Lactams, cyclic amides, are affected by these reactions in the same fashion as acyclic amides.

    Conversion of Amides to Carboxylic Acids: Hydrolysis

    Amides can be hydrolyzed into a carboxylic acid and ammonia or an amine by heating in an acidic or basic aqueous solution. In both cases, acid-base reactions occurring with the products make the overall reaction irreversible. Under acidic conditions the amine produced by the reaction is protonated to form a non-nucleophilic ammonium compound. Under basic conditions the carboxylic acid produced by the reaction is deprotonated to a non-electrophilic carboxylate.

    General Reaction


    Mechanism Under Acidic Conditions

    Protonation of the amide increases the electrophilicity of the carbonyl carbon allowing water to add causing formation of a tetrahedral oxonium intermediate. Next a proton is transferred to the amide nitrogen giving it a positive charge and increasing its ability to act as a leaving group. Reforming the carbonyl double bond causes the elimination of an amine as a leaving group, creating a protonated carboxylic acid. In the last step of the mechanism, the produced amine acts as a base, removing a hydrogen, to form a carboxylic acid and an ammonium compound. This final deprotonation step essentially removes the amine from the equilibrium which drives the reaction towards completion. Since the amine is no longer part of the equilibrium, the reaction is effectively irreversible.

    1) Protonation of the carbonyl

    2) Nucleophilic attack by water

    3) Proton transfer

    4) Leaving group removal

    5) Deprotonation

    Mechanism Under Basic Conditions

    The base-promoted hydrolysis of an amide follows the typical nucleophilic acyl substitution mechanism. A full equivalent of hydroxide anion is used, so the reaction is called base-promoted and not base catalyzed. The mechanism of basic amide hydrolysis begins with the nucleophilic addition of a hydroxide ion at the carbonyl carbon creating a tetrahedral alkoxide intermediate. The carbonyl bond is reformed along with the elimination of an amide ion (-NHR) leaving group (note this is a different use of the word amide meaning an amine anion), forming a carboxylic acid. In the last step, the amide ion deprotonates the carboxylic acid to form a carboxylate salt and an amine as products. This final deprotonation step essentially removes the carboxylic acid from the equilibrium which drives the reaction towards completion. Since the carboxylic acid is no longer part of the equilibrium, the reaction is effectively irreversible.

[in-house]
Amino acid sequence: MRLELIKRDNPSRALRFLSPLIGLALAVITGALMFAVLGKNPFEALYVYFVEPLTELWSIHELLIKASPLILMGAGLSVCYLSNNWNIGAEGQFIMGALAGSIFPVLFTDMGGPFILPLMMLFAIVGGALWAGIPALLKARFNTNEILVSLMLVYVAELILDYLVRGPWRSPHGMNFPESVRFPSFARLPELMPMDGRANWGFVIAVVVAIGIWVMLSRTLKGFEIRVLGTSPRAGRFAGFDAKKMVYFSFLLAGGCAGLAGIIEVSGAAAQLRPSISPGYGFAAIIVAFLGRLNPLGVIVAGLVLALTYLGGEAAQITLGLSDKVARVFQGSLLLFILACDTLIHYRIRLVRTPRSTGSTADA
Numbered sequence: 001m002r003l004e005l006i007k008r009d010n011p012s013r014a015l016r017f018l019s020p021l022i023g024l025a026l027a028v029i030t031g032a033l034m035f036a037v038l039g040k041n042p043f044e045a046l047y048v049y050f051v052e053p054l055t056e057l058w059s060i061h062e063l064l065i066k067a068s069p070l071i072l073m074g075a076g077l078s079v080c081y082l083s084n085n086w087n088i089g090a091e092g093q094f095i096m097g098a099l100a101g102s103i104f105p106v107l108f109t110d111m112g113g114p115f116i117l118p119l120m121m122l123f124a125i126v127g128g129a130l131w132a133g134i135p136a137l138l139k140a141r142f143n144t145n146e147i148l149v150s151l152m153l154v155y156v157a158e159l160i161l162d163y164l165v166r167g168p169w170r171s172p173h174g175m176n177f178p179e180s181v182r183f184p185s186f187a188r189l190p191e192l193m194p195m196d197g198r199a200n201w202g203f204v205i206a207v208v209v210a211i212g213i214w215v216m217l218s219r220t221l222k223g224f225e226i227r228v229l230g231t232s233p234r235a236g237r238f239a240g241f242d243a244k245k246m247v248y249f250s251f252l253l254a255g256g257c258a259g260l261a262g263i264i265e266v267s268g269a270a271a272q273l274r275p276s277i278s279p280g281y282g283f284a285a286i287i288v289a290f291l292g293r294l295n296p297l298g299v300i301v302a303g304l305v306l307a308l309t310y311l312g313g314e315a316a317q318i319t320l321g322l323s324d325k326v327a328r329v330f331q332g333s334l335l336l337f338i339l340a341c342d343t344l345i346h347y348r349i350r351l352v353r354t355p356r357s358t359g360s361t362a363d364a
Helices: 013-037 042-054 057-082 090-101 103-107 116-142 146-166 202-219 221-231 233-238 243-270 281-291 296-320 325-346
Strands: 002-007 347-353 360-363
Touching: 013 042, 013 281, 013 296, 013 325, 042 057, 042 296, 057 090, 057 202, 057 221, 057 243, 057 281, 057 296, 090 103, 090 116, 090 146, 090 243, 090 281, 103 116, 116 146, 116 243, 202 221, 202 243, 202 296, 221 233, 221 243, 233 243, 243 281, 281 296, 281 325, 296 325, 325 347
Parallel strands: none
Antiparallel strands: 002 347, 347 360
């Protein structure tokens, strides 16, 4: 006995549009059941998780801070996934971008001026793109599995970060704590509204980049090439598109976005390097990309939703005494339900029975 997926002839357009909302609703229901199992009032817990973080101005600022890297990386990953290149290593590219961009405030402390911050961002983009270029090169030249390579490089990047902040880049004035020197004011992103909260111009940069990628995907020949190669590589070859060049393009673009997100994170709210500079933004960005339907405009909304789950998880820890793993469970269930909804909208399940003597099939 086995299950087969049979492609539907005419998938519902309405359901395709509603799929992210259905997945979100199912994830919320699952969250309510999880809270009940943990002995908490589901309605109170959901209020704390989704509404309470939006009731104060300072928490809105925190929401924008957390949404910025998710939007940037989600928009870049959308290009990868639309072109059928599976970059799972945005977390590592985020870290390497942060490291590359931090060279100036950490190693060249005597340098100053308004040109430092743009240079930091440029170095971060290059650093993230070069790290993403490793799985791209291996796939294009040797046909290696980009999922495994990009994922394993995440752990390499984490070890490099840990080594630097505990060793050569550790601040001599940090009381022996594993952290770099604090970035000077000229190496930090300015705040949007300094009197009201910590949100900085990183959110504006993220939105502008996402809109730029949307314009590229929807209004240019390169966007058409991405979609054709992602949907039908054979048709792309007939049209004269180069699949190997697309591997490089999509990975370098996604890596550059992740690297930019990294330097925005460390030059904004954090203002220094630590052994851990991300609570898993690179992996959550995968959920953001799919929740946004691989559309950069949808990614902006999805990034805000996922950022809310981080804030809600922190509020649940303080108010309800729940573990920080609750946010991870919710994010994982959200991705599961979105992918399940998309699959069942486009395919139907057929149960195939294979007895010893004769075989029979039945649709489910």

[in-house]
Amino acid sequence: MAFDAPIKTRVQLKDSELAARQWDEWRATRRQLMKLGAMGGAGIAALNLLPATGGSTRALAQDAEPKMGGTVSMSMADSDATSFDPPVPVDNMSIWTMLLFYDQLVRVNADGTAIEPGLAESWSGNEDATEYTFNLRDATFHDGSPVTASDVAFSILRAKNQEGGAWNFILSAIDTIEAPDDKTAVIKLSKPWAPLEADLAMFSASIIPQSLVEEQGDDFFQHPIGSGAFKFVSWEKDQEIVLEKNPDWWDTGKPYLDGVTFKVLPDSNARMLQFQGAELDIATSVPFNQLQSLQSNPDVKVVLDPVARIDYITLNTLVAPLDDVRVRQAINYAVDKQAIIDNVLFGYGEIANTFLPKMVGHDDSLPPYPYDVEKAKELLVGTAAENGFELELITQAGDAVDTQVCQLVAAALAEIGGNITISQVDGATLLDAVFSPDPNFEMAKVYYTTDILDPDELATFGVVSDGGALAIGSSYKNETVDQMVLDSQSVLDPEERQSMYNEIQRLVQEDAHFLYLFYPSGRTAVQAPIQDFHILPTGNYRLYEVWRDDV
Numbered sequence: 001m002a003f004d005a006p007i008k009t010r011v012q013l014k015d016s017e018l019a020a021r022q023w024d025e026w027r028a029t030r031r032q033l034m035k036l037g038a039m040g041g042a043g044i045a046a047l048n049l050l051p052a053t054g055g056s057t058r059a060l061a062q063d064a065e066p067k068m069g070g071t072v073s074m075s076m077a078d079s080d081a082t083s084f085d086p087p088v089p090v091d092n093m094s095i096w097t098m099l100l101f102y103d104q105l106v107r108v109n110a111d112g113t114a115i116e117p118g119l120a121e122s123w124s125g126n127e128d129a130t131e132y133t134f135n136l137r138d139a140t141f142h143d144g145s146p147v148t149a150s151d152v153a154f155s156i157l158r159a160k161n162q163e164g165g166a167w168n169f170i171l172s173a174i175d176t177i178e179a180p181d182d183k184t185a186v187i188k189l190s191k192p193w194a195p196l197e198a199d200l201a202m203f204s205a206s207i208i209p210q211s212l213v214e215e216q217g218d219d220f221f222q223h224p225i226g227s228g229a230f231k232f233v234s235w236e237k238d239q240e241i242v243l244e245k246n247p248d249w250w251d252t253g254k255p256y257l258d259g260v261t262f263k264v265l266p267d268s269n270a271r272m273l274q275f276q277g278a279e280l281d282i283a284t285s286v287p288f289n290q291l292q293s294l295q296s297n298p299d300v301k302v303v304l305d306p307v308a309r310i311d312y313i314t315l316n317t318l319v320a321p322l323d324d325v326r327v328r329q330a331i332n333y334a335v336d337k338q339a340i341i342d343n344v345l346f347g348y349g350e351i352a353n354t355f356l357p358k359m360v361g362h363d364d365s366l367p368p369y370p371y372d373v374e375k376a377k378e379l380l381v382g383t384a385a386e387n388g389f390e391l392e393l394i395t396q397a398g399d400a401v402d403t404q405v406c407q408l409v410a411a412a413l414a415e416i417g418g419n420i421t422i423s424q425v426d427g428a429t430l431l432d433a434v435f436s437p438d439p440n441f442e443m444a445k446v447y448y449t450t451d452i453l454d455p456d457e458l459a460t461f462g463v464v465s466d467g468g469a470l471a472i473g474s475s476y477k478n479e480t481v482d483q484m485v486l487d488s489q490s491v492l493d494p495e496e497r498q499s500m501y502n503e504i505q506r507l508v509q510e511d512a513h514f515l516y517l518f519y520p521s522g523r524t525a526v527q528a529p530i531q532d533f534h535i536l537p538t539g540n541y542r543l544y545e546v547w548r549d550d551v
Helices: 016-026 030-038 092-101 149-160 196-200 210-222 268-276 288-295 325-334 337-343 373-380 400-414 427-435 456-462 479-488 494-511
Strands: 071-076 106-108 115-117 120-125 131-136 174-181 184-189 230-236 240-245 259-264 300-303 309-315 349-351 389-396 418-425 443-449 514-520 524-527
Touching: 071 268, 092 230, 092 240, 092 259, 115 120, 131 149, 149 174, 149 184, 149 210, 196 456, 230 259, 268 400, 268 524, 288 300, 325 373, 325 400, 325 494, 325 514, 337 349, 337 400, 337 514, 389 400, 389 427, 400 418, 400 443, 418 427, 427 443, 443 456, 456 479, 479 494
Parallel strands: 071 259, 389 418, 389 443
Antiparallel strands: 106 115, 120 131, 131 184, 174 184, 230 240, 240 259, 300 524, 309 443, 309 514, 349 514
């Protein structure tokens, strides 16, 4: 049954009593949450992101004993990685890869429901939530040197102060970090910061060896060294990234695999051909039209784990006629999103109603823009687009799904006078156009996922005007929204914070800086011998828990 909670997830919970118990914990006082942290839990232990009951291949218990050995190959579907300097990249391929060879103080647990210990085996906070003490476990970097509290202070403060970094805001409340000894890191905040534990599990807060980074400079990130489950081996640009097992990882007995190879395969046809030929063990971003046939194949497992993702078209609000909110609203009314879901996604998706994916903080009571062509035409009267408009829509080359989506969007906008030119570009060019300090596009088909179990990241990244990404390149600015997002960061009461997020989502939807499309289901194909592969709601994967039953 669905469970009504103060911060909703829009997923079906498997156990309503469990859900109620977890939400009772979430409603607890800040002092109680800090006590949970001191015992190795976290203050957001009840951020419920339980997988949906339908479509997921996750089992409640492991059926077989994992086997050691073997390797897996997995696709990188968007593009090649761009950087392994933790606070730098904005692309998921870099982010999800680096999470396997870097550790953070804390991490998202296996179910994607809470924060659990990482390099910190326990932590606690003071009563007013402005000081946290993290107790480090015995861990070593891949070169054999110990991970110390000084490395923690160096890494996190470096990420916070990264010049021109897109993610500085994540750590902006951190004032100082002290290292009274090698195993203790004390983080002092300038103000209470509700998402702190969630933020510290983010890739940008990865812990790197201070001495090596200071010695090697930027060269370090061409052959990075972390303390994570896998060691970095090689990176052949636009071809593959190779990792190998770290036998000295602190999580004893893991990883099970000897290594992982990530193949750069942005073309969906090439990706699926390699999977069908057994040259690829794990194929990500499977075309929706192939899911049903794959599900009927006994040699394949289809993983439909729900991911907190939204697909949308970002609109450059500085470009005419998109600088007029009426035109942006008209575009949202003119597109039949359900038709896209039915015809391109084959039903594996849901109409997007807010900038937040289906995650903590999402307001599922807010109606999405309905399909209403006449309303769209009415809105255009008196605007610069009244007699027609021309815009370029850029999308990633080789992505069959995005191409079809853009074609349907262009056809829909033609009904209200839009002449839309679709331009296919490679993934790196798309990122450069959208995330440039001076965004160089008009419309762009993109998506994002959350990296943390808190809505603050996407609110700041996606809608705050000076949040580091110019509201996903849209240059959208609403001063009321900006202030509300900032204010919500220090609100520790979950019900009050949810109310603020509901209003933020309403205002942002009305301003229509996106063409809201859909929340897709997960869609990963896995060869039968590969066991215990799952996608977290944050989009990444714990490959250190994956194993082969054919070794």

1) Nucleophilic attack by hydroxide

    2) Leaving group removal

    3) Deprotonation

    Hydrolysis of Proteins

    Hydrolysis of amide bonds is the first step in the metabolism of dietary proteins. Protein hydrolysis is catalyzed by protease enzymes (abbreviated Asp1 and Asp2 in the figure below). The mechanisms starts with the nucleophilic acyl substitution by water while breaking the amide C-N bond. This produces a protein fragment with an amine and another with a carboxylic acid. The amine fragment will deprotonate the carboxylic acid forming the carboxylate and ammonium fragments.


    Conversion of 1o Amides to Nitriles: Dehydration

    1o Amides can be converted into a nitrile through reaction with thionyl chloride (SOCl2). Sulfurdioxide (SO2) and hydrochloric acid are produced as byproducts.

    General Reaction


    Mechanism for the Conversion of a 1o Amide to a Nitrile

    During the first step of the mechanism, the amide acts as a nucleophile and attacks the electrophilic sulfur of thionyl chloride, pushing the pi electrons of the S=O bond onto oxygen. Removal of a chloride anion as a leaving group allows the sulfoxide S=O bond to reform creating a protonated imine chlorosulfite. Deprotonation forms an imine chlorosulfite intermediate. A second deprotonation eliminates the chlorosulfite leaving group as sulfur dioxide and a chloride anion and forms the C-N triple bond of the nitrile product.